At Oberlin College in Oberlin, Ohio, for instance, the Center for Leadership in Health Promotion hosts a study-break space in the library during exam period where students can relieve stress, refocus, and become energized. Free, healthful snacks, such as fruits, juices, and nuts, are offered, but the big draw lies in the $2 relaxation massages, art therapy stress management sessions, and instruction in relaxation techniques. Lori Morgan Flood, an assistant dean and the director of CLHP, estimates that as many as 100 students might take advantage of the services during test time.
"Colleges are aware that midterms and finals are high-stress times for students, and many are trying to offer them support in some way," says Morgan Flood. The art therapy program at Oberlin, for instance, was launched just this month and is designed to help students unwind through painting, drawing, and other creative ventures.
St. Michael's College in Colchester, Vt., also offers a stress-free night during midterms, which includes a session on handling stress, massages, a prize raffle, and snacks. Students can enjoy live jazz in a special relaxing "living room" setting, and a comedian performs in the dining hall afterward. And during finals week at Wartburg College in Waverly, Iowa, the student council runs an old-school-style study break: It features a "PB & J" night when students can enjoy hundreds of peanut butter and jelly sandwiches and milk. "Students can relax and engage in activities they haven't done since high school," says Stephanie Newsom, director of counseling.
Other colleges let students blow off steam in unconventional ways. At Roanoke College in Salem, Va., campus lore says that students will get good luck by "kicking the post," which is a 3-foot cement marker between two buildings that many students kick before exams in hopes that they will graduate on time. A similar custom takes place at Texas Christian University in Fort Worth, where students rub the nose of the statue of a horned frog—TCU's mascot—prior to taking midterms and finals. And at the University of Maryland–College Park, students rub the nose of a statue of Testudo, a diamondback terrapin that is the school's mascot.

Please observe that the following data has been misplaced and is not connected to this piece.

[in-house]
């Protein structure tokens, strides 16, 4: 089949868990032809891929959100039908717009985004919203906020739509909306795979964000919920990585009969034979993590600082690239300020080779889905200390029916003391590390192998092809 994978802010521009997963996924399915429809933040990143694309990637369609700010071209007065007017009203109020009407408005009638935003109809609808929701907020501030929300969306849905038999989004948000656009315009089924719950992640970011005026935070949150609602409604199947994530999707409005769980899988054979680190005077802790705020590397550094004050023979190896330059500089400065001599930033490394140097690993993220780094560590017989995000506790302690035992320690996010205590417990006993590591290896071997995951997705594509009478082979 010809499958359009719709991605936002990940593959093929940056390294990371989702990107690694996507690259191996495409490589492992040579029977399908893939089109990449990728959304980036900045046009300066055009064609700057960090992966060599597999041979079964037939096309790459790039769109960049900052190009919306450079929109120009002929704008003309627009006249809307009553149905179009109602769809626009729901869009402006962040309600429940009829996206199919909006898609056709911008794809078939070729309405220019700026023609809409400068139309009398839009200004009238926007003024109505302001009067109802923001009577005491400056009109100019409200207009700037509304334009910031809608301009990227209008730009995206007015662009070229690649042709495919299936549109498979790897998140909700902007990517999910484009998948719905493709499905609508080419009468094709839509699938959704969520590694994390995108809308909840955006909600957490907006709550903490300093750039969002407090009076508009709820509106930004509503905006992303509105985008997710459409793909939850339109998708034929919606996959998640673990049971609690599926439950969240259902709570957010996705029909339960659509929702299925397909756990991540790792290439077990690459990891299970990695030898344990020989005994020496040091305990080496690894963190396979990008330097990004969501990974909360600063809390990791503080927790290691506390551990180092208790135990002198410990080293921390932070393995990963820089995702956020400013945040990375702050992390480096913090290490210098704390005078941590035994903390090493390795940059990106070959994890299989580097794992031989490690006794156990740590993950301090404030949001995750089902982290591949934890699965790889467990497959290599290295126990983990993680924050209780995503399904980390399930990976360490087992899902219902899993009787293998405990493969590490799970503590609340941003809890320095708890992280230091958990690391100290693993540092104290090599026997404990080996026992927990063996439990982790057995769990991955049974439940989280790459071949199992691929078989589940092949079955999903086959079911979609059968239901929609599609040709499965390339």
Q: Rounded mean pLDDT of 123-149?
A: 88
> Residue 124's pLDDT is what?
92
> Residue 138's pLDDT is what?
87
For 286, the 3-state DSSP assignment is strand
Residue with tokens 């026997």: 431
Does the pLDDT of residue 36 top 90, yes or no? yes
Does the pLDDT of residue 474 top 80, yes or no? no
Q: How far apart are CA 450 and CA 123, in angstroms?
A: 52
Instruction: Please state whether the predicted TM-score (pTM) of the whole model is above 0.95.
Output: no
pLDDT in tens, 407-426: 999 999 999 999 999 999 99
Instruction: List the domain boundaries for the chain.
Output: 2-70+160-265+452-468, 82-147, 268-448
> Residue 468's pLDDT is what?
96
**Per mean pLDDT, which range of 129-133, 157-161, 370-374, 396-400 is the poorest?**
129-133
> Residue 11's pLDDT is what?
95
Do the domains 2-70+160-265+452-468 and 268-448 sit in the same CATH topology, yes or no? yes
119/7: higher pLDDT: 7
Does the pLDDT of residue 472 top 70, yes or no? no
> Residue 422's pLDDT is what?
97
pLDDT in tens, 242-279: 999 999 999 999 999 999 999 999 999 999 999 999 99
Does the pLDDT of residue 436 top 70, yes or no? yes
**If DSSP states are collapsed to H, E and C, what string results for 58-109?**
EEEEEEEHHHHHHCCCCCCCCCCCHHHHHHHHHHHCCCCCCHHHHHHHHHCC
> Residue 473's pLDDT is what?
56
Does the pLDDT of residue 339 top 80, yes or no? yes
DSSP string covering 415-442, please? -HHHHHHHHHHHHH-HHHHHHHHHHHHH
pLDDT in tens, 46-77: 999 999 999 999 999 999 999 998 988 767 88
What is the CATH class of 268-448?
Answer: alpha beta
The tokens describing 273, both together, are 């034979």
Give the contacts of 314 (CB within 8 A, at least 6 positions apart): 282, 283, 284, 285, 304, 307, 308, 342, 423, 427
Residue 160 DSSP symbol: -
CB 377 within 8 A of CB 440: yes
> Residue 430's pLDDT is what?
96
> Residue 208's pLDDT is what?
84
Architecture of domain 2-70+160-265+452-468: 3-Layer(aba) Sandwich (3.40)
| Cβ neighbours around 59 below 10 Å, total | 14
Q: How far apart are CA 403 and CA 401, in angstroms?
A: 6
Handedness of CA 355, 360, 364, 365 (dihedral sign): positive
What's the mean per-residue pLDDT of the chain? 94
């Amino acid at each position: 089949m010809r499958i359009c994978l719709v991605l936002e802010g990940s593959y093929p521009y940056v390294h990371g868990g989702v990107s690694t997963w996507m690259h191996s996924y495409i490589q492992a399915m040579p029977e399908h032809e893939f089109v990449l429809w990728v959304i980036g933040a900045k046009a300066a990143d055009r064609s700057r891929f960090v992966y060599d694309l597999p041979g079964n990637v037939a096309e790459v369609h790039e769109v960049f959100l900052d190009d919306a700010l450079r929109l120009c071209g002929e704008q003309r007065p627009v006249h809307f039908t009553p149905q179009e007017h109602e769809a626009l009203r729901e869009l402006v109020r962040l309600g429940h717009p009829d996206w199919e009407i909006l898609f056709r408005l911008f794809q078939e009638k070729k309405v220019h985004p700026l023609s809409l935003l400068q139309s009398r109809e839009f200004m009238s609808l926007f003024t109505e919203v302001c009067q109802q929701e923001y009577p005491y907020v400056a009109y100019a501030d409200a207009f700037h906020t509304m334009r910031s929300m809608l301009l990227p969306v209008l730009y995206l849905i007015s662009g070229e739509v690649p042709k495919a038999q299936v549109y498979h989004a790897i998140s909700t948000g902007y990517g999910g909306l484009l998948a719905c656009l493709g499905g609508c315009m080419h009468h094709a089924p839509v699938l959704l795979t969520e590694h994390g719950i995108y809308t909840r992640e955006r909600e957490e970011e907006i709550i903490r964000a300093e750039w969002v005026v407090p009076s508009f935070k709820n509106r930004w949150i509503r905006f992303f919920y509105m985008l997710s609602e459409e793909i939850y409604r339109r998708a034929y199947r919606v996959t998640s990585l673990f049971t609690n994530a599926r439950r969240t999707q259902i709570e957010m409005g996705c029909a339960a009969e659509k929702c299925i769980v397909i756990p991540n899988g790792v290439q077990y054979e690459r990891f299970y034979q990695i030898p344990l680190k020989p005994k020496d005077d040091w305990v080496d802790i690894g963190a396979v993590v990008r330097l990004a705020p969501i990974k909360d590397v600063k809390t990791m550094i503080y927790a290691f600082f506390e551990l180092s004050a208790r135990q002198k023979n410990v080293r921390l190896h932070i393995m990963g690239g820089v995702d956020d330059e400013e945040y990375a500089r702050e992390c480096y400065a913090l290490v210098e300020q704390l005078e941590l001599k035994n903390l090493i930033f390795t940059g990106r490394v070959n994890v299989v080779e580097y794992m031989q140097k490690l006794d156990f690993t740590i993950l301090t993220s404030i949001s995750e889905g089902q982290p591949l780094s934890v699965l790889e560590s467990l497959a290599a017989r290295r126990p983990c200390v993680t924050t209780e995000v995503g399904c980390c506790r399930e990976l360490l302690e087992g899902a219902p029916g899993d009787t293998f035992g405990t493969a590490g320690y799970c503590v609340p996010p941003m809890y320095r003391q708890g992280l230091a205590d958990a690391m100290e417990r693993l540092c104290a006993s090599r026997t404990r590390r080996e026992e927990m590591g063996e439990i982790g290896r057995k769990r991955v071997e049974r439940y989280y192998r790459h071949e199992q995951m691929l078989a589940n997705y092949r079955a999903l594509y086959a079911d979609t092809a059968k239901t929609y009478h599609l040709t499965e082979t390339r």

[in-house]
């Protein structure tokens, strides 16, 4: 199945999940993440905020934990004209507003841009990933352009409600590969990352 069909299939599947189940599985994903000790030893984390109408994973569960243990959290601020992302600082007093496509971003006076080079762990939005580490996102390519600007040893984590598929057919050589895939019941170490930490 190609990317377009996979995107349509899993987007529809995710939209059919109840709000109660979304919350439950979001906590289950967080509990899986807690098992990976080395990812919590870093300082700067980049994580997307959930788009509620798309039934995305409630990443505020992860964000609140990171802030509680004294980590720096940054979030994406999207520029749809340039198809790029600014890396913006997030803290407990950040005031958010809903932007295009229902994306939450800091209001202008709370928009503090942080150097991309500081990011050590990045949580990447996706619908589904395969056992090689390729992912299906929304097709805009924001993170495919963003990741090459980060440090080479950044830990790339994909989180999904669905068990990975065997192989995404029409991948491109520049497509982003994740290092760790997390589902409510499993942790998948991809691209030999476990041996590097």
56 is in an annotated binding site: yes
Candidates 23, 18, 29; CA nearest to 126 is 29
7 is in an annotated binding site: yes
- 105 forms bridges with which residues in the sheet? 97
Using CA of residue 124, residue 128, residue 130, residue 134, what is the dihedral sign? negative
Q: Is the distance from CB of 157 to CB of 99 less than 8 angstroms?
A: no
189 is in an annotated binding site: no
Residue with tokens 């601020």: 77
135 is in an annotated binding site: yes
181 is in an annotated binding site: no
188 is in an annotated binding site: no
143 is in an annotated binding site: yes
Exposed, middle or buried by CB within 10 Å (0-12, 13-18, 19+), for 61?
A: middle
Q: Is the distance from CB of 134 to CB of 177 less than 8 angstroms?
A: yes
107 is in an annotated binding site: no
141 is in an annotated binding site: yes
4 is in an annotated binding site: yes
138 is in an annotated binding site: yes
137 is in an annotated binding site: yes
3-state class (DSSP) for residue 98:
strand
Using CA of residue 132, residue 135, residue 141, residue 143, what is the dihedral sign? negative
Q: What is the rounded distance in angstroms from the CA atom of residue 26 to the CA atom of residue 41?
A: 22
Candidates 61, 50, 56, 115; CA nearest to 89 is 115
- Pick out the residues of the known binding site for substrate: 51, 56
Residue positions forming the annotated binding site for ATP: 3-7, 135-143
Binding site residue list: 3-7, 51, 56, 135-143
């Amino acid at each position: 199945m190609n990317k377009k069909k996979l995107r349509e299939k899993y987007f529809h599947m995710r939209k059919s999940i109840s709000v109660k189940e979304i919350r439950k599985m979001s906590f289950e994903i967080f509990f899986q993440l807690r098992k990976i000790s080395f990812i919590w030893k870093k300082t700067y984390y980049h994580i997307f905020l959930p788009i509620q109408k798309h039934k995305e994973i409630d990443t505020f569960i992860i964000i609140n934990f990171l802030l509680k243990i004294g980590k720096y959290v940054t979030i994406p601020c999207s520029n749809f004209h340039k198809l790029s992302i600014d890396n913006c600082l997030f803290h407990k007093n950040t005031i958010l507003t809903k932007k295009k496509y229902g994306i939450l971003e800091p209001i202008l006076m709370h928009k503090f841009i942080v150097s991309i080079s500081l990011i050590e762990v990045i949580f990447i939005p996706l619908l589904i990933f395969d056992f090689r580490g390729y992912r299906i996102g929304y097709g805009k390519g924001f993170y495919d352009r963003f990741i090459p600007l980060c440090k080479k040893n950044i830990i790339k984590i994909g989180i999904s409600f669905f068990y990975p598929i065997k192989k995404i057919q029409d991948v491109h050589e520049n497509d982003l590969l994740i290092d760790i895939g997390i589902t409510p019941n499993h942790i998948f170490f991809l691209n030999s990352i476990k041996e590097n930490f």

The common theme at the heart of the traditions or programs is preventing and overcoming test anxiety. Mike Malmon-Berg, a psychologist and counselor at the College of Wooster in Ohio, says that as many as 20 percent of students report testing anxiety so severe that their performance on exams is adversely affected. But it's clear that colleges are taking steps—in some cases, creative ones—to combat this. "This generation of students is very intense," says Oberlin's Morgan Flood. "They need to learn how to slow down, relax, put it in perspective, and take care of themselves."
If you have a midterm coming up, here are some more nuggets of wisdom from students and staff:
"Do not panic. You might lose a few hours of sleep during midterms week, but it is only for a brief period. Focus on studying—it actually makes the time go faster!"
Charles McElwee, junior at Lebanon Valley College, Annville, Pa.
"Hop, skip, and jump over a few phrases in the text to make sure you can distinguish key points from less essential information."
Beth Boquet, English professor, Fairfield University, Fairfield, Conn.
"You can reduce stress by placing the word 'so' in front of such tormenting questions as 'What if I do poorly?', 'What if I fail the test?', or 'What if my score is low?' This tends to reduce tension and put the significance of the test in perspective."
Mike Malmon-Berg, psychologist and counselor, College of Wooster, Wooster, Ohio
"Study groups are wonderful and effective, if the members involved stay on track with the subject matter."
Brittany Rathbone, sophomore at St. Leo University, St. Leo, Fla.
"Be well rested and well fed. Use your favorite food as both a motivator and a reward!"
Carrie Nolte, alumnus, Fairfield University, Fairfield, Conn.
"Watch your professor's body language and listen to his tone of voice to determine the most important information. If she repeats anything, writes it on the board, or gives you a handout, study it as if it will be on the test."
Cynthia Crimmins, director of the Learning Resource Center at York College of Pennsylvania, York, Pa.